TOKYO, Sept 27 (Reuters) Japanese government bonds retreated on Thursday, with 10-year futures falling back towards a five-week low on a solid rise in Tokyo shares as investors awaited a slew of data in the next few days.
Activity was tepid as portfolio managers prepare to close their books on the first half of the fiscal year this week while bracing for the reports on consumer prices and employment on Friday as well as the September tankan survey on Monday.
A 1.7 trillion yen (.7 billion) auction of two-year notes was not expected to cause dealers much indigestion. The offer came with a 0.9 percent coupon, matching that in the previous month's auction.
Bank of Japan board member Miyako Suda said in a speech to regional business leaders that low interest rates could lead to an overheating of the economy and it is desirable to act gradually and reasonably early on rates.
Suda, known as a policymaker eager to normalise policy, said the problems in the U.S. housing market could last longer than previously thought but said a U.S. economic slowdown was unlikely to have a big impact on Japanese exports.
''These comments may mean we may not have to give up expectations for a December rate hike,'' said Tomoko Fujii, senior economist and strategist at Bank of America.
Suda also gives a press conference at 0430 GMT.
The BOJ has held rates at 0.5 percent for the past seven months even while repeating that it expects the economy to sustain its moderate expansion.
December 10-year futures fell 0.17 point to 134.66 back near a five-week low of 134.44 struck last Friday.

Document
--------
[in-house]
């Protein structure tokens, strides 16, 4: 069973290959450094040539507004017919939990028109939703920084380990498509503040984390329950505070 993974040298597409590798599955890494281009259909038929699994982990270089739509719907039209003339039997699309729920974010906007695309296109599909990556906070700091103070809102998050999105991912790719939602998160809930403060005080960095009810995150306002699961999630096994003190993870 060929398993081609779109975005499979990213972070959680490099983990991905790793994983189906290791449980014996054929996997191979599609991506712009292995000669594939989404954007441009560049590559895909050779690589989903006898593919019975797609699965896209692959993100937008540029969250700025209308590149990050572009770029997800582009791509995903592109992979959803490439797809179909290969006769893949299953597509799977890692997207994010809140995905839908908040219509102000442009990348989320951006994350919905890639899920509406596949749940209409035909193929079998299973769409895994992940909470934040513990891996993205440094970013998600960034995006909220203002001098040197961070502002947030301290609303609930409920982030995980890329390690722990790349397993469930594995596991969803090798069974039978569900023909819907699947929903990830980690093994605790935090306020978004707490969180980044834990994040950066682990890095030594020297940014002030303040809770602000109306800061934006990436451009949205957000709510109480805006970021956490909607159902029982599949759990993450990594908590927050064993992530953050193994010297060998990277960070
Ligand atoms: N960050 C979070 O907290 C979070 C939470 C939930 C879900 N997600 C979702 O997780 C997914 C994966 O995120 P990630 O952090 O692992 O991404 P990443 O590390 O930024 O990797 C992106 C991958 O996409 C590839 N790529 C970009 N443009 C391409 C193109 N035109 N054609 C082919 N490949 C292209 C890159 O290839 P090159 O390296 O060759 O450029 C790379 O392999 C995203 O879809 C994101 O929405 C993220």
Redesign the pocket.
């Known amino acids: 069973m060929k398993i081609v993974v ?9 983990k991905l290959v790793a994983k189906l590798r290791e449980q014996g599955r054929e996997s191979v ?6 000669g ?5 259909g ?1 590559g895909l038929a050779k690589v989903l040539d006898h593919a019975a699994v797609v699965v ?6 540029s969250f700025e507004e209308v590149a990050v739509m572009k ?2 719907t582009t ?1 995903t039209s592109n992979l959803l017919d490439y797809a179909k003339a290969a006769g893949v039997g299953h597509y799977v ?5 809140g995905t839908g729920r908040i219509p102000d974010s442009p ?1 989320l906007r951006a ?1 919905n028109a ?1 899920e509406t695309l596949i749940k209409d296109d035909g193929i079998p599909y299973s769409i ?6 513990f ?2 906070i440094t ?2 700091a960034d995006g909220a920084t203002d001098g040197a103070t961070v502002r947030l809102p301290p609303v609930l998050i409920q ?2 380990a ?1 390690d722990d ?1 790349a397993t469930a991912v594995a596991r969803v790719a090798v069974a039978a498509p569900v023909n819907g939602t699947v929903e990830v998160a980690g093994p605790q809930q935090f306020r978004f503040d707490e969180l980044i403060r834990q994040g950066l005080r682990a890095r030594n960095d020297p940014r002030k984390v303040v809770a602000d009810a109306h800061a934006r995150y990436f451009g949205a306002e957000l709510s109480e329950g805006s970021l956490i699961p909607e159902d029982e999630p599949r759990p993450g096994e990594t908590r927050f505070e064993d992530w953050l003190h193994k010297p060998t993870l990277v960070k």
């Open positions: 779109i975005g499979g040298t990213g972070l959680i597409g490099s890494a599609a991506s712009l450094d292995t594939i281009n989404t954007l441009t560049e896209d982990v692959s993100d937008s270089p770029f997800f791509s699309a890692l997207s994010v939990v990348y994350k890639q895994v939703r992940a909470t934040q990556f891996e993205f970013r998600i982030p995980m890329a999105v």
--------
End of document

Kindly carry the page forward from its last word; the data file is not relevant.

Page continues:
The benchmark 10-year yield climbed 3 basis points to 1.695 percent, near a five-week high of 1.700 percent reached last week.
The five-year yield was up 2 basis points at 1.235 percent, while the two-year yield rose 1.5 basis points to 0.875 percent.
Twenty-year bond yields rose 2.5 basis points to 2.195 percent, with the maturity giving up some of its hefty gains of the past two days on buying before month-end and fiscal half-year end.
Market players are looking for clues on how well the economy is holding up in the face of the U.S. slowdown and credit troubles that prompted the Federal Reserve to slash interest rates by a half-point last week.
Any signs of resilience in the economy could convince more investors the BOJ could raise rates in coming months, with swap contracts on the overnight call rate showing a roughly 50 percent chance of a rate hike in December.
''The tankan is very important for rate hike expectations in the fourth quarter,'' said Makoto Yamashita, chief JGB strategist at Lehman Brothers.
Yamashita said the revisions to the capital spending figures in the tankan survey would be important for the potential timing of a BOJ rate hike, but the tankan could be overshadowed by U.S. economic data next week including the monthly payrolls report.
The tankan's headline diffusion index of confidence at big manufacturers is forecast to dip slightly, while capital spending in the current business year is seen being downgraded to a rise of 7.5 percent from 7.7 percent in the June survey.
''Many investors have no confidence in their outlook for yields.
It basically depends on the U.S. economic deterioration,'' Yamashita said.
Analysts have said that depending on the outcome of the coming figures, a wave of money could come back into the JGB market as the second half of the business year kicks off next week.
In the stock market, the Nikkei share average rose 1.5 percent to a six-week intraday peak of 16,696 following gains on Wall Street overnight and a weaker yen.
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